November 20th 2017, 11:47pm
Captn.Crunch wrote:Just to reiterate on how this all works I’d like to make a few observations. The 4x4 vehicles we grabbed these transfer cases from had a front axle disconnect. When in 2hi the passenger side axle was disconnected. When any other button was pressed an actuator slid a coller to create a one piece axle. The np236 has a clutckpack with a preload of approx 5lbs. This keeps the front shaft spinning to allow “shift on the fly”.
If you put the 236 in your van nothing will change. In 2hi the encoder motor is shut down. The 5 lbs of clutch preload is still present and your front driveshaft will spin. If you choose 4 auto the encoder motor will be actively waiting to be told of wheel slip and will apply pressure to the clutch pack till all wheels are spinning at the same rate. It will then remove pressure from the clutch pack. If wheel slip is stilll present it will continue to cycle until traction has increased and wheel slip has been eliminated.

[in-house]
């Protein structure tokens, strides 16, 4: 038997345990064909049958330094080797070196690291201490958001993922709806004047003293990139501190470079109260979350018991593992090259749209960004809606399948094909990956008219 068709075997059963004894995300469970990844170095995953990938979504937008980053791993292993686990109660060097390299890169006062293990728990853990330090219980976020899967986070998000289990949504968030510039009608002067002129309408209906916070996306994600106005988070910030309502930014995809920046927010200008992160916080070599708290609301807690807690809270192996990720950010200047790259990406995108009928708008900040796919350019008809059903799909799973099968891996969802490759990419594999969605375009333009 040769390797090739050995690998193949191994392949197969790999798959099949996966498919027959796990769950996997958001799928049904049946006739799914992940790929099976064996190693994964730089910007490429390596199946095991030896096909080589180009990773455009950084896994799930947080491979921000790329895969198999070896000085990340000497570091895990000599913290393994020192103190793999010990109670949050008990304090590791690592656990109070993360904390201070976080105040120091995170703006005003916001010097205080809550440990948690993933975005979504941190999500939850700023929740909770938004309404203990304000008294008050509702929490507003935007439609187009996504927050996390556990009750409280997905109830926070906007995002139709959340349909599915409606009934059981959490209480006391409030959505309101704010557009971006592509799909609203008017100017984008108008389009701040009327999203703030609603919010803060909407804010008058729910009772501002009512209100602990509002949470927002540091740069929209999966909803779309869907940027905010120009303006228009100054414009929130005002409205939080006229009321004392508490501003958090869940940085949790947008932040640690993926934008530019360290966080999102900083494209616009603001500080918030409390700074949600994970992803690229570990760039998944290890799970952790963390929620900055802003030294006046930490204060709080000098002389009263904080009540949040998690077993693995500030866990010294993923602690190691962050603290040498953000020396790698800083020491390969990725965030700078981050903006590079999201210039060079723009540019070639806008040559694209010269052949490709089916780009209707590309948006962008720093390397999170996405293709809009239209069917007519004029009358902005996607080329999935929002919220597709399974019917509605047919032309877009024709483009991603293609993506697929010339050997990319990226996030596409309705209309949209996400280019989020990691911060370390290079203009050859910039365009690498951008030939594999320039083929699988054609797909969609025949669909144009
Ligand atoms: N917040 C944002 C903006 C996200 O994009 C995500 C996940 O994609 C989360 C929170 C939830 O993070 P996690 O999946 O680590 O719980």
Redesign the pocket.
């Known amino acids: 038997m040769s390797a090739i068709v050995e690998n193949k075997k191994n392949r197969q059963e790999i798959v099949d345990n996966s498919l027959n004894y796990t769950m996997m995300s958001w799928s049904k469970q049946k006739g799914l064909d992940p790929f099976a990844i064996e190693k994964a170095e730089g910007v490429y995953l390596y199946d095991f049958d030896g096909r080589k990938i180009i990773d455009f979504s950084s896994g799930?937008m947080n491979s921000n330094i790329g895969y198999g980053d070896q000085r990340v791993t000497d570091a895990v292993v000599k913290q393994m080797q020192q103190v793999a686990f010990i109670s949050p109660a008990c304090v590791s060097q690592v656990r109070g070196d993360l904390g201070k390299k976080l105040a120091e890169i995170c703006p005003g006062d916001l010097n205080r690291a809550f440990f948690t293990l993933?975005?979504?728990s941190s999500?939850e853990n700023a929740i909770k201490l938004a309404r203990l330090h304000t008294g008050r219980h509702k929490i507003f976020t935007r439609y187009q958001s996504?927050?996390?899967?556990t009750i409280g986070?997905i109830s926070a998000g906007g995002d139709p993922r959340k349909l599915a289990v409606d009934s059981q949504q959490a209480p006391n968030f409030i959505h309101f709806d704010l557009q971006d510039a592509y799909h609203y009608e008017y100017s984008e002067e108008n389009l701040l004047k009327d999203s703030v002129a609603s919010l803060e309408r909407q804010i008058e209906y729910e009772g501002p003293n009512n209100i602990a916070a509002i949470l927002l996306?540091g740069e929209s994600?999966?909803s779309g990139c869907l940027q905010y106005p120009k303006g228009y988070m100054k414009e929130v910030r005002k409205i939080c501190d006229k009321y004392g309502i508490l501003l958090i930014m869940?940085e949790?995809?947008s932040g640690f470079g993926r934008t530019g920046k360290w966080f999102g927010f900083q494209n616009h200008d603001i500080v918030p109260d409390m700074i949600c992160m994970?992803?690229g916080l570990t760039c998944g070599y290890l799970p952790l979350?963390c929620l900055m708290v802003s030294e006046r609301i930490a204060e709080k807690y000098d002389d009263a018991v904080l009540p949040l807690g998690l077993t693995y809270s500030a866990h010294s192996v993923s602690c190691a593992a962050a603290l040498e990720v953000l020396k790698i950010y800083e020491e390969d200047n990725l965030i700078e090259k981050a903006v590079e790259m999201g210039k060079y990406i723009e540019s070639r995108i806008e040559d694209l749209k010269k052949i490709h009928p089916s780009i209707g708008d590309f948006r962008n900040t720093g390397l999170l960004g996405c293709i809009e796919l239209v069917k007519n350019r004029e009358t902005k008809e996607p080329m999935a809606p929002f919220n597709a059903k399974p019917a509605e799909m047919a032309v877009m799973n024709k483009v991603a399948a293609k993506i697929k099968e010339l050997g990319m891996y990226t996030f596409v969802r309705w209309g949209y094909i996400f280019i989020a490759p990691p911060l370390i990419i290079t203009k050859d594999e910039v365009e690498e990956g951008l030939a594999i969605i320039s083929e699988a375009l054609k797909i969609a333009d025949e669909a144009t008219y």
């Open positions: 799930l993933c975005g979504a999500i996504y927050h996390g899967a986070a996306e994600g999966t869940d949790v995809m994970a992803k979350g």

If you choose 4hi the encoder motor will crank in full pressure on the clutch pack and a second circuit will lock the motor in that position. This brake circuit is the only difference between the awd encoder motor and the 4x4 encoder motor. Torque will be supplied in a 50/50 split until another selection is chosen.
You can select 2hi safely. The only way to damage the clutches would be to have marked differences in front to rear tire speeds for extended periods of time. Such as long smoky burnouts after a V-8 swap!
I have taken it a step further by installing a Torsen style limited slip in my front end. I still run in awd and have no I’ll effects